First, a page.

The State of Mental Health in America
Mental Health America (MHA) is committed to promoting mental health as a critical part of overall wellness. We advocate for prevention services for all, early identification and intervention for those at risk, integrated services, care and treatment for those who need them, and recovery as the goal.
We believe that gathering and providing up-to-date data and information about disparities faced by individuals with mental health problems is a tool for change.
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2023 Key Findings
- In 2019-2020, 20.78% of adults were experiencing a mental illness. That is equivalent to over 50 million Americans.
- The vast majority of individuals with a substance use disorder in the U.S. are not receiving treatment. 15.35% of adults had a substance use disorder in the past year. Of them, 93.5% did not receive any form of treatment.
- Millions of adults in the U.S. experience serious thoughts of suicide, with the highest rate among multiracial individuals. The percentage of adults reporting serious thoughts of suicide is 4.84%, totaling over 12.1 million individuals. 11% of adults who identified with two or more races reported serious thoughts of suicide in 2020 – 6% higher than the average among all adults.
- Over 1 in 10 youth in the U.S. are experiencing depression that is severely impairing their ability to function at school or work, at home, with family, or in their social life. 16.39% of youth (age 12-17) report suffering from at least one major depressive episode (MDE) in the past year. 11.5% of youth (over 2.7 million youth) are experiencing severe major depression.
- Over half (54.7%) of adults with a mental illness do not receive treatment, totaling over 28 million individuals. Even in Montana (ranked #1), over 4 in 10 adults with a mental illness did not receive care.
- Almost a third (28.2%) of all adults with a mental illness reported that they were not able to receive the treatment they needed. 42% of adults with AMI reported they were unable to receive necessary care because they could not afford it.
- 10.8% (over 5.5 million) of adults with a mental illness are uninsured. Hispanic adults with AMI were least likely to have health insurance, with 19% reporting they were not covered by insurance.
- 6.34% of youth in the U.S. reported a substance use disorder in the past year. That is equivalent to over 1.5 million youth in the U.S. who meet the criteria for an illicit drug or alcohol use disorder.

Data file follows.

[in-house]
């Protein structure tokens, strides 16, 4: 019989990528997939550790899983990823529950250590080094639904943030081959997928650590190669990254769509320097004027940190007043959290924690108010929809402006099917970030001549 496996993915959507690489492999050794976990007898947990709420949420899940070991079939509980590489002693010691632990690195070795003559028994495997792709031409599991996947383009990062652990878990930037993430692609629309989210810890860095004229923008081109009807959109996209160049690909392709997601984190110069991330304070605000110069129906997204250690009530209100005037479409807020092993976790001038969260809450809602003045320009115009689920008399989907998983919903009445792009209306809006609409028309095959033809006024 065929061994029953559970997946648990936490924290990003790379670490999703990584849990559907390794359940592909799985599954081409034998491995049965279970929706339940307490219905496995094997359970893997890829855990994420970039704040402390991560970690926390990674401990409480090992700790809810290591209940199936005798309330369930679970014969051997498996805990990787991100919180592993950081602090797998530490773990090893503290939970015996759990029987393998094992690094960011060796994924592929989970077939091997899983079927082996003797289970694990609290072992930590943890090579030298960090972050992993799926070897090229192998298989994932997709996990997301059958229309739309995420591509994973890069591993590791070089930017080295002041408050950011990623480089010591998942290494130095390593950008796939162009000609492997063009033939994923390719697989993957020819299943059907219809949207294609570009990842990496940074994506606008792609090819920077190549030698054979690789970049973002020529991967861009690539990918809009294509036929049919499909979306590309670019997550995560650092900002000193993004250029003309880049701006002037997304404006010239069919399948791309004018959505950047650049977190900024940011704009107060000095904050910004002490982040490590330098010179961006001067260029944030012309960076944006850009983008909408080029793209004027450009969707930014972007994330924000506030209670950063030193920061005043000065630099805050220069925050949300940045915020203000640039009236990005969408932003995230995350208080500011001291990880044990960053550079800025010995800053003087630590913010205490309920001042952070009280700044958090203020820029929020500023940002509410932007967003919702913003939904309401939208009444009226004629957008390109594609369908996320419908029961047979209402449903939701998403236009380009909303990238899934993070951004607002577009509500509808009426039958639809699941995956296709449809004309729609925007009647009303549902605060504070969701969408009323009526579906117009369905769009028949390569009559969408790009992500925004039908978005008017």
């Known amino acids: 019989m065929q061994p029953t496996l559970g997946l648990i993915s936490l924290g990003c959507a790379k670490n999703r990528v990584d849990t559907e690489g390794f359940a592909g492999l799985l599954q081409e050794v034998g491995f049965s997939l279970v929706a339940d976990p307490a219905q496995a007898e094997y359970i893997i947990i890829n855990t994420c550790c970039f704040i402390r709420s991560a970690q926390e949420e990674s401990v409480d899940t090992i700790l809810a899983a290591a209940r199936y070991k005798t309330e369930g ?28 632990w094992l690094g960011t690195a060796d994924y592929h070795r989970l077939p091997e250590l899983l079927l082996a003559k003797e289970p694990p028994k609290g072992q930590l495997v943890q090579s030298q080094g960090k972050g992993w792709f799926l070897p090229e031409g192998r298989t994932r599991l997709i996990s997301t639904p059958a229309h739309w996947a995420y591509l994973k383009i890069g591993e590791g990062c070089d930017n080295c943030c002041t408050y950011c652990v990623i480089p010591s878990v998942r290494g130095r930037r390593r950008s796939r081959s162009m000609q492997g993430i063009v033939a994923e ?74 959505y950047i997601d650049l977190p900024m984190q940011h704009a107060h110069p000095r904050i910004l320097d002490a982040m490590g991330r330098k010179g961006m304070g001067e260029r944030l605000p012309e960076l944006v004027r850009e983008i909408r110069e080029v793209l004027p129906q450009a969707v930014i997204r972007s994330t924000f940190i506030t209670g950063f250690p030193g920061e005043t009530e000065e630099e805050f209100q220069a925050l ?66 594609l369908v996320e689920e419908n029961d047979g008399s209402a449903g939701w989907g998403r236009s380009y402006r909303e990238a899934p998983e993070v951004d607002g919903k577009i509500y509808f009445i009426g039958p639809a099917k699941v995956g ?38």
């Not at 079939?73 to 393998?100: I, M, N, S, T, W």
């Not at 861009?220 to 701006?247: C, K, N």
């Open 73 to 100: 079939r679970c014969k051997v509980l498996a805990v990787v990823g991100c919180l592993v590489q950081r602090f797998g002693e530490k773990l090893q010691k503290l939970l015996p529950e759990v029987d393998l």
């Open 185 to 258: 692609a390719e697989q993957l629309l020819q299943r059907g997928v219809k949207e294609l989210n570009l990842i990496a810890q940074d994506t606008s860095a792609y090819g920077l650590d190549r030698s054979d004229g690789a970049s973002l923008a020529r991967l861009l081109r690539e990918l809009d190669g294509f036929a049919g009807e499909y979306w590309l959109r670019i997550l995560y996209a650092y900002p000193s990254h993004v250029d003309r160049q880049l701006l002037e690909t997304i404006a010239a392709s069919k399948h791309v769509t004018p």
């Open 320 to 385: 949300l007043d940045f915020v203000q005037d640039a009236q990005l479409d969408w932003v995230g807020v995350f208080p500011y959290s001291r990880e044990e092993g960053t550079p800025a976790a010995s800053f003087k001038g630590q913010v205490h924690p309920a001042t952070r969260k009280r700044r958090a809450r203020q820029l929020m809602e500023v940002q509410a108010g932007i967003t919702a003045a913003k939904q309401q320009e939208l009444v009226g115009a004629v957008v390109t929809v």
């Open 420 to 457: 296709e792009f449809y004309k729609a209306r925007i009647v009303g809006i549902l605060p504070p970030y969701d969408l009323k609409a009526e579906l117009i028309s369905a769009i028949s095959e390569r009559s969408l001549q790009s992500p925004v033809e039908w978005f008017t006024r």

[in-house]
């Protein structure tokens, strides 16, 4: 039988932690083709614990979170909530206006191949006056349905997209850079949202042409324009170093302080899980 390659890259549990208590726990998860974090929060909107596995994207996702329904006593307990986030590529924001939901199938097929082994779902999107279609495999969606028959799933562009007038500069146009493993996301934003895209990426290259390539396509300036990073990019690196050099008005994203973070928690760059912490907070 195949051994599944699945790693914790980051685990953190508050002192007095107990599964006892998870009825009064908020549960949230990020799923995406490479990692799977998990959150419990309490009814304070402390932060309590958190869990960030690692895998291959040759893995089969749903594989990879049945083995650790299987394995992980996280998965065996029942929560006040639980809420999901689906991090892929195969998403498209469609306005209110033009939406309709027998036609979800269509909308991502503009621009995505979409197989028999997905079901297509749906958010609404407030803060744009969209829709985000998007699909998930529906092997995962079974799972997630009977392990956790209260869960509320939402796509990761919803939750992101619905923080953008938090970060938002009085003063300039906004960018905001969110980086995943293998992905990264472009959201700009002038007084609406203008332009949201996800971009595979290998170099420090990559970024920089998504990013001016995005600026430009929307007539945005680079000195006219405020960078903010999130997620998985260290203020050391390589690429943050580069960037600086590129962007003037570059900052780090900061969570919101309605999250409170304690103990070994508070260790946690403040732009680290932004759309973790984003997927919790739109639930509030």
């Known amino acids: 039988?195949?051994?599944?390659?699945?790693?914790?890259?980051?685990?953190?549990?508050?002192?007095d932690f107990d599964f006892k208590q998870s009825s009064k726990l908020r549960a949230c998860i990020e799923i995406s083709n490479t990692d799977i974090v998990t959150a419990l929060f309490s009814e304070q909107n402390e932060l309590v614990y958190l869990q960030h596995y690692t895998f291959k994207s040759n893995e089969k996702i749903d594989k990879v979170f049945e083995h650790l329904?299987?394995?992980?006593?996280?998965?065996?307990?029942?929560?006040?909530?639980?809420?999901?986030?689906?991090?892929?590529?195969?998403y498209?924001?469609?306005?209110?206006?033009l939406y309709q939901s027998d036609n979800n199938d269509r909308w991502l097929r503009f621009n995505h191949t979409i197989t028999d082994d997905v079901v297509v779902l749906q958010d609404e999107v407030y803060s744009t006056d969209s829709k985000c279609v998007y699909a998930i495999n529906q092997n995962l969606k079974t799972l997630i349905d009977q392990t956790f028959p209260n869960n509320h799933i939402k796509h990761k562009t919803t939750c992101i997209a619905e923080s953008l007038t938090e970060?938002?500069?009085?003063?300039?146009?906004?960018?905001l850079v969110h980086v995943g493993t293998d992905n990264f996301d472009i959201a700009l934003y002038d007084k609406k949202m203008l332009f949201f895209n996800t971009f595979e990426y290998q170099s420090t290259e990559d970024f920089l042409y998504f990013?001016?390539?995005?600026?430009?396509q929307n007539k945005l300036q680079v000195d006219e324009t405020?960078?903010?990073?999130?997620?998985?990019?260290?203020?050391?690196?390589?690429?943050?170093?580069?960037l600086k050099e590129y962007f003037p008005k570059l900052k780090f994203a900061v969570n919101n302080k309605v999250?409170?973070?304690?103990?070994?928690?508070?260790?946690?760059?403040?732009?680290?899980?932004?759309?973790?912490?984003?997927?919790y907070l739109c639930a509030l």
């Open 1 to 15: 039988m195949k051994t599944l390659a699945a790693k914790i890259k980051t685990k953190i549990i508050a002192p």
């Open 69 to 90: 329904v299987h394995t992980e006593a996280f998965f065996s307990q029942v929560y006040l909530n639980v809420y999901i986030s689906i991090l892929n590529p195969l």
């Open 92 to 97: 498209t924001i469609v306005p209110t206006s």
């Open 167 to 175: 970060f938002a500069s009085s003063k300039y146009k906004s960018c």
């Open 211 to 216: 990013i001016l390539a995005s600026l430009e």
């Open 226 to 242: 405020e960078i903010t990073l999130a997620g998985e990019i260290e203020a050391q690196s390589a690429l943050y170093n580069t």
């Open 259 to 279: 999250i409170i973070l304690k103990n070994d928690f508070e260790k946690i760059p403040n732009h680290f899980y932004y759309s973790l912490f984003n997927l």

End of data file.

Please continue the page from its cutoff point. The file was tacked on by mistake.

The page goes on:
- 22.87% of adults who report experiencing 14 or more mentally unhealthy days each month were not able to see a doctor due to costs. In Georgia (ranked 51), over one-third of adults experiencing frequent mental distress are unable to afford a doctor’s visit.
- 59.8% of youth with major depression do not receive any mental health treatment. Asian youth with major depression were least likely to receive specialty mental health care, with 78% reporting they did not receive mental health services in the past year. In South Carolina, the lowest ranking state, nearly 8 in 10 youth with depression do not receive care.
- Nationally, only 28% of youth with severe depression receive some consistent treatment (7-25+ visits in a year). Most (57.3%) youth with severe depression do not receive any care.
- Nationally, 1 in 10 youth who are covered under private insurance do not have coverage for mental or emotional difficulties – totaling over 1.2 million youth. In Arkansas (ranked 51), nearly one-quarter of youth with private insurance do not have coverage for mental health care.
- Only .718 percent of students are identified with emotional disturbance for an individualized education program (IEP). IEPs, with sufficient resources for schools and teachers, are critical for ensuring that youth with disabilities can receive the individualized services, supports, and accommodations to succeed in a school setting.
- In the U.S., there are an estimated 350 individuals for every one mental health provider. However, these figures may actually be an overestimate of active mental health professionals, as it may include providers who are no longer practicing or accepting new patients..
Explore the web-based report using the links provided on the left or download the printable report.
The State of Mental Health in America
In the above links you will find a Collection of Data across all 50 states and the District of Columbia answering the following questions:
- How many adults and youth have mental health issues?
- How many adults and youth have substance use issues?
- How many adults and youth have access to insurance?
- How many adults and youth have access to adequate insurance?
- How many adults and youth have access to mental health care?
- Which states have higher barriers to accessing mental health care?
- To provide a snapshot of mental health status among youth and adults for policy and program planning, analysis, and evaluation;
- To track changes in the prevalence of mental health issues and access to mental health care;
- To understand how changes in national data reflect the impact of legislation and policies; and.
- To increase dialogue and improve outcomes for individuals and families with mental health needs
Why Gather this Information?
- Using national survey data allows us to measure a community’s mental health needs, access to care, and outcomes regardless of the differences between the states and their varied mental health policies.
- Rankings explore which states are more effective at addressing issues related to mental health and substance use.
- Analysis may reveal similarities and differences among states in order to begin assessing how federal and state mental health policies result in more or less access to care.
This publication was made possible by the generous support of Alkermes and Otsuka America Pharmaceutical Companies.
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